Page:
As I wrote several months ago (see “This Ain’t Your Mama’s SEO“), search engines are placing increasing importance on “social signals,” indications such as links, likes and +1’s via posts in social media that indicate real appreciation for your content.

I have also long encouraged participation in Google’s social network, Google+ (and if you want more information about how your business can benefit, visit their business pitch page). I even spelled out why I think Google+ is important in my book, “Internet Marketing: 8 Key Concepts Every Business MUST Know.”

Now, especially when it comes to the all-important Google search results, one social signal has risen above the rest. The latest leading edge social signal is getting Google+ posts with links to your content (blog posts or whatever) to receive +1’s (Google+’s equivalent of a Facebook “like”). In two recent research posts that included reputable analysis of what helps your content rise to the top of search results (something that every marketer wants or should want), the Google +1 has become arguably the most valuable and important search ranking factor, rising even above unique IP in-bound links!

In the Moz.com post, 2013 Search Ranking Factors, the +1 is second only to “Page Authority” to which +1’s are a contributor and which, in any case, is not a specific strategy but more an indicator of success for your page’s online visibility. In the Search Metrics2013 SEO Ranking Factors study, +1’s came in well ahead of another social signal, Facebook Shares. This social signal came in as the #2 ranking factor, but it’s worth noting, I think, that a +1 is just a click and thus easier to get than a share which requires more effort and usually a comment.

In any case, there can now be little doubt that one of the most important things you can do to gain search engine visibility for your web pages is to get people to +1 them on Google+. Of course, this speaks once again to the requirement that you create high quality content that people will actually WANT to share (more on that below). And, if your business is not actively posting (and promoting) its content on Google+, what are you waiting for?!?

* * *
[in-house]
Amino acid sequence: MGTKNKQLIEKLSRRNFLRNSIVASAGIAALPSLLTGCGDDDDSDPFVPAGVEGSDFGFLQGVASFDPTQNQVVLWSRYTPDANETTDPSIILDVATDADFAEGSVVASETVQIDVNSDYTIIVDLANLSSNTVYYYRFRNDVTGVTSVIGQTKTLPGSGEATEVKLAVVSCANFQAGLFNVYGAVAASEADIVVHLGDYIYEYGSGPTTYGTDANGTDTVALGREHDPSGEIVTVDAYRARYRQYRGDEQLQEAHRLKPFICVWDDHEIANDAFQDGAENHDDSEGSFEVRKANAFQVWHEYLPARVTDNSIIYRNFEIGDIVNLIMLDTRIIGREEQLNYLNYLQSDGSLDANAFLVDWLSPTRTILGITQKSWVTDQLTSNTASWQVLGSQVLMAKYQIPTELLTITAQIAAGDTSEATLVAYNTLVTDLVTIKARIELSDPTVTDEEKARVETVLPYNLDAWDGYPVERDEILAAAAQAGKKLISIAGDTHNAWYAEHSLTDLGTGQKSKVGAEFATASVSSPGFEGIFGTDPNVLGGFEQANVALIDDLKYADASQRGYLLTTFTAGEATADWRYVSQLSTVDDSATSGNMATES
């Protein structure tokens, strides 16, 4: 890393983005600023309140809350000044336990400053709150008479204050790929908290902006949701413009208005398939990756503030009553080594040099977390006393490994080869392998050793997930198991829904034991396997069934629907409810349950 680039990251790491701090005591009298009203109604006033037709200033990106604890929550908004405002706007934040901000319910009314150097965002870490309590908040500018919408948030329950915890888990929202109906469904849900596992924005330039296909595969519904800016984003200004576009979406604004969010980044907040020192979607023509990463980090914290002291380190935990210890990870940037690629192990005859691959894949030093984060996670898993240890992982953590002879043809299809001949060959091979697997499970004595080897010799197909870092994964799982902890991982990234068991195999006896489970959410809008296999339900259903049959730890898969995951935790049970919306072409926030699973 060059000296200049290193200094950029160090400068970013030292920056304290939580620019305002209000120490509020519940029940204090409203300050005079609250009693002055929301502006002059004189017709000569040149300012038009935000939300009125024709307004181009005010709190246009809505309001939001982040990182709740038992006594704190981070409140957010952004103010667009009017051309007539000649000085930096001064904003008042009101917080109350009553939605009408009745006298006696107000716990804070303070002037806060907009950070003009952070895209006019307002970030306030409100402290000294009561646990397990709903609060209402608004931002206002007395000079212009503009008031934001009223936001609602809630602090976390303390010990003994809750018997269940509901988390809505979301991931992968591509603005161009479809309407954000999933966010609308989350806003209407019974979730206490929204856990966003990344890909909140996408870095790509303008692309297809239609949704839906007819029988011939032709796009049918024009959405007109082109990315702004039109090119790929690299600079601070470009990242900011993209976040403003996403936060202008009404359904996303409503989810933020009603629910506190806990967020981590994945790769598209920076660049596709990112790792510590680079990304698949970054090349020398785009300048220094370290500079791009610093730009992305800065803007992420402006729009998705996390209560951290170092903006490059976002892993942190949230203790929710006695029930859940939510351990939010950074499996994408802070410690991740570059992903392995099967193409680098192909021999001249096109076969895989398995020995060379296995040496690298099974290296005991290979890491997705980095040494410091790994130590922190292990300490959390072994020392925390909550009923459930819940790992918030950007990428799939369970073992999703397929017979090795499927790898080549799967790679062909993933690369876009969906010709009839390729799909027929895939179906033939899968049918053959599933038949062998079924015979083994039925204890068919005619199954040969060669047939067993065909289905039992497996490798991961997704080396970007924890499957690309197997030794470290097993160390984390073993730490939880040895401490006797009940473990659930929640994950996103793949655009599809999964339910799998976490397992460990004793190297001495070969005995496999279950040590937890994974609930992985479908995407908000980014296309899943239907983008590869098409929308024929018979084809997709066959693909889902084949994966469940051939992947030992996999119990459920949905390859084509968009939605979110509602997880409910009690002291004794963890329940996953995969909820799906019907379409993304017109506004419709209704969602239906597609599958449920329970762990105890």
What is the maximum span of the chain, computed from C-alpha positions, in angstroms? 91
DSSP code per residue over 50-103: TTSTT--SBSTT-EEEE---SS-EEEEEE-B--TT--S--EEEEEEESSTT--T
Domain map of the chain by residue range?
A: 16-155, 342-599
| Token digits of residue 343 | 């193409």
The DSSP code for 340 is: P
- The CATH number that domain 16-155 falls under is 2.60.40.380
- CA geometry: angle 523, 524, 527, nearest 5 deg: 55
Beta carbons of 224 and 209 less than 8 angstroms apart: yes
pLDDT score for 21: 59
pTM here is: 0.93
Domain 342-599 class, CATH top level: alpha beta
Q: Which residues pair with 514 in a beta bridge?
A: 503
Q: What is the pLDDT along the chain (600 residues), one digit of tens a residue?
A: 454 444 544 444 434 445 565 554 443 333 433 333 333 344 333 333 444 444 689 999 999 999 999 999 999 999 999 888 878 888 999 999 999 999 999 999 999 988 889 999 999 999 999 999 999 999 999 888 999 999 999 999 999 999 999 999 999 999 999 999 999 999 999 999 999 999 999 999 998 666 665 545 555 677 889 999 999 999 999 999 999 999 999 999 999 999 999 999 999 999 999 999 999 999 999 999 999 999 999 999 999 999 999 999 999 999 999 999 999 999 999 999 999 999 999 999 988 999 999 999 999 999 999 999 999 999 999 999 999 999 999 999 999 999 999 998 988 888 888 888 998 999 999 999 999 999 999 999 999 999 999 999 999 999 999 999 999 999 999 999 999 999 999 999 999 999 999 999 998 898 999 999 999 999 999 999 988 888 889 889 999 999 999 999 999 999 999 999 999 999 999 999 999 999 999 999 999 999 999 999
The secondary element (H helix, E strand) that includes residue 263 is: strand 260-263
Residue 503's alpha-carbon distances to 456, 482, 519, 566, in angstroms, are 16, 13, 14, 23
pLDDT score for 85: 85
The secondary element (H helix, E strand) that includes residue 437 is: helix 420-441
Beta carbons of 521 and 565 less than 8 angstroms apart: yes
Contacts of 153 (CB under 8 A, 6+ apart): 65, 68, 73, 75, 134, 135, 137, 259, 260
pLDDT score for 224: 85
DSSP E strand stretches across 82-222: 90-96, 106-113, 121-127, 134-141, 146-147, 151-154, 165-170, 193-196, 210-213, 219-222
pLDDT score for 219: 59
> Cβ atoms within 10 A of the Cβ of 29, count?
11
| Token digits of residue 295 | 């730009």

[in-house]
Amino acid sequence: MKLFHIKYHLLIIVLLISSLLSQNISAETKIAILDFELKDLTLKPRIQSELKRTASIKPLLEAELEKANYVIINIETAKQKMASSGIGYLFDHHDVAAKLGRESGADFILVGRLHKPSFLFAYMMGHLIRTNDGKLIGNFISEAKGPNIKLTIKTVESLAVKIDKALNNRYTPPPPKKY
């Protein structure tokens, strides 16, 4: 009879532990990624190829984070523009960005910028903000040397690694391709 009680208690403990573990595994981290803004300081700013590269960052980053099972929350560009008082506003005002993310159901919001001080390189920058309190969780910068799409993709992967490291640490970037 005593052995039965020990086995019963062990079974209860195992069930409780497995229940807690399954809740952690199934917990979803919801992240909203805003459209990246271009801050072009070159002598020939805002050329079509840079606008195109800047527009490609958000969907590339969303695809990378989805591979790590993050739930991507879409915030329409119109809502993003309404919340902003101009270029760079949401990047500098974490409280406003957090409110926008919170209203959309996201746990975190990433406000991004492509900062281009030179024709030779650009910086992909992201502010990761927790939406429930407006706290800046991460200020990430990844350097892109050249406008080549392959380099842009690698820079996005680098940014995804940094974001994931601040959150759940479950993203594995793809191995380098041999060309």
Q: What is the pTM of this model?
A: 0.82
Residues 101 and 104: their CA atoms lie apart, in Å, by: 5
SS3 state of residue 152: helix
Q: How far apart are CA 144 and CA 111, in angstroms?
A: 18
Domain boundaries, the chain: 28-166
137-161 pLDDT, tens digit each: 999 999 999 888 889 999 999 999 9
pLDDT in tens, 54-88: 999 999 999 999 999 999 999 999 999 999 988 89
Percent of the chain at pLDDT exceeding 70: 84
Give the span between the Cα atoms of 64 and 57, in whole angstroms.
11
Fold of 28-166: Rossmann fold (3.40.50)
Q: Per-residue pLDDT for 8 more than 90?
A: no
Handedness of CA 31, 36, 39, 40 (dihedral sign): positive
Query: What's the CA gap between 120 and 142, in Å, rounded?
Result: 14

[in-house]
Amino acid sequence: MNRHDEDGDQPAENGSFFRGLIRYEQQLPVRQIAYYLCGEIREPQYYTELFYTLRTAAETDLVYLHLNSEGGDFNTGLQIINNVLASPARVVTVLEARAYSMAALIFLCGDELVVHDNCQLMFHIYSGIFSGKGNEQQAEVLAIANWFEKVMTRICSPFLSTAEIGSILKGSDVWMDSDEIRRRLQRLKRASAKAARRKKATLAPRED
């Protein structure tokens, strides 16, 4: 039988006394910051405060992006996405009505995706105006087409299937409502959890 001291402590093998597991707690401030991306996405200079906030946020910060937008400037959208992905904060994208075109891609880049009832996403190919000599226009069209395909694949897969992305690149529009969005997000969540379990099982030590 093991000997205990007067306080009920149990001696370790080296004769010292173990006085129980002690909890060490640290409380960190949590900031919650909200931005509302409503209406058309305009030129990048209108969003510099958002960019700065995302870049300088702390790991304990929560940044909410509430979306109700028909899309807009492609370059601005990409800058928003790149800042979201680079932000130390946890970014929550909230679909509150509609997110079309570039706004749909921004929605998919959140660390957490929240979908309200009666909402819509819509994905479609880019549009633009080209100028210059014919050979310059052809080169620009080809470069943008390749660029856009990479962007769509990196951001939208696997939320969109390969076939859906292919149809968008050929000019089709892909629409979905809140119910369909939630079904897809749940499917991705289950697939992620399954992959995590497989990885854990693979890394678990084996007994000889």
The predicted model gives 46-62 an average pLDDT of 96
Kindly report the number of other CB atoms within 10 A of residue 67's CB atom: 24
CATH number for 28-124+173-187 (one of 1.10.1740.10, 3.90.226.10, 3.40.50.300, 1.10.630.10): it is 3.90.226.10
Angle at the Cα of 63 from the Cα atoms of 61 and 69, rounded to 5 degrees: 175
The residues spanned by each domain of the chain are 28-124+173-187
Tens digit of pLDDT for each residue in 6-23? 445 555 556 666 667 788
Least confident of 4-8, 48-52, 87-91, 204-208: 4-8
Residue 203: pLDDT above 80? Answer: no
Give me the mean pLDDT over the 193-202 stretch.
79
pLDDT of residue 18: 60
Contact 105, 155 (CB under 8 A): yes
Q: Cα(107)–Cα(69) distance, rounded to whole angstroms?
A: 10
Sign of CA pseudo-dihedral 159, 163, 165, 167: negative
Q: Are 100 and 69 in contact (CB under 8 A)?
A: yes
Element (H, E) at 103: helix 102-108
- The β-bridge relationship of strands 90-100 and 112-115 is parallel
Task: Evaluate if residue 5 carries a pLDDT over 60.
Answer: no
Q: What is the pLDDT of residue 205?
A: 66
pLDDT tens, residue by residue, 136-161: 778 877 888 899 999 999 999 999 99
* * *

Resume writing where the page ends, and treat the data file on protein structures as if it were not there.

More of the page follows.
SEO Beyond Keywords: Think Pages that Build Topical Authority

Beyond the rabid conversations about “branding” is the more fundamental, at least in SEO terms (pun intended), of building an authentic topical authority—that is an authority that is focused on a specific, relevant topic. This kind of content can be highly regarded by search engines based on its quality, especially when that includes your marketplace’s support via social signals (i.e. Google+ +1’s, Facebook shares, and the like. 😉

In the old days of search engine optimization (SEO), it used to be all about keywords and links; and don’t be fooled, these things are still very important. But another important development in the world of SEO is that Google has recently made clear that it is no longer sharing the data that it used to share regarding which keywords are bringing traffic to your website. This report found inside Google Analytics, for example, is now showing “(not provided)” and has become a major buzz in the Internet marketing world. Among many other posts, for example, here’s Search Engine Watch’s post, “What ‘(Not Provided)’ & Google Hummingbird Mean for Small Business SEO.”

Recommended Reading & Here’s Why

My best practice recommendations are reinforced by the more Big Picture approach taken in the excellent Moz.com post by Ruth Burr, “What is SEO Now That Everything is (not provided)?” I offer this link as a personal suggestion for “recommended reading.”

I like it because she moves the strategic conversation beyond the more common attempts to rank pages for specific keywords. Rather, Ruth focuses on the more meaningful objective of building authority around specific topics. Again, of course, this includes relevant keyword phrases, but it takes a broader and longer term perspective in order to deliver a more more valuable approach. It does this through a foundation of sustainable building blocks like links from credible sources and social signals that may or may not be keyword specific. Ultimately, it’s the relevance of the source not the link text that makes the biggest difference.

As she says:

The real killer of the keyword-driven approach isn’t (not provided), though. It’s Google’s increasing devotion to semantic relationships between topics and entities on the web. Author Rank, personalization, and the Knowledge Graph have added new elements to consider: Now, in addition to what your content says and who links to it, Google also cares about who created it, what else they’ve done, and who’s shared it. (my bolds)

From an Internet marketing strategy perspective, this means, as Burr says, “we need to shift our focus from getting traffic from keywords to getting traffic to pages.”

There is just no getting around the requirement for well-focused, high-quality content that is relevant and valuable for your market niche.

And so it goes. Change is constant, and I see no alternative to embracing the adventure.

I’m happy to help, and I look forward to your comments and feedback as well as to any opportunity to be of service to you and your company.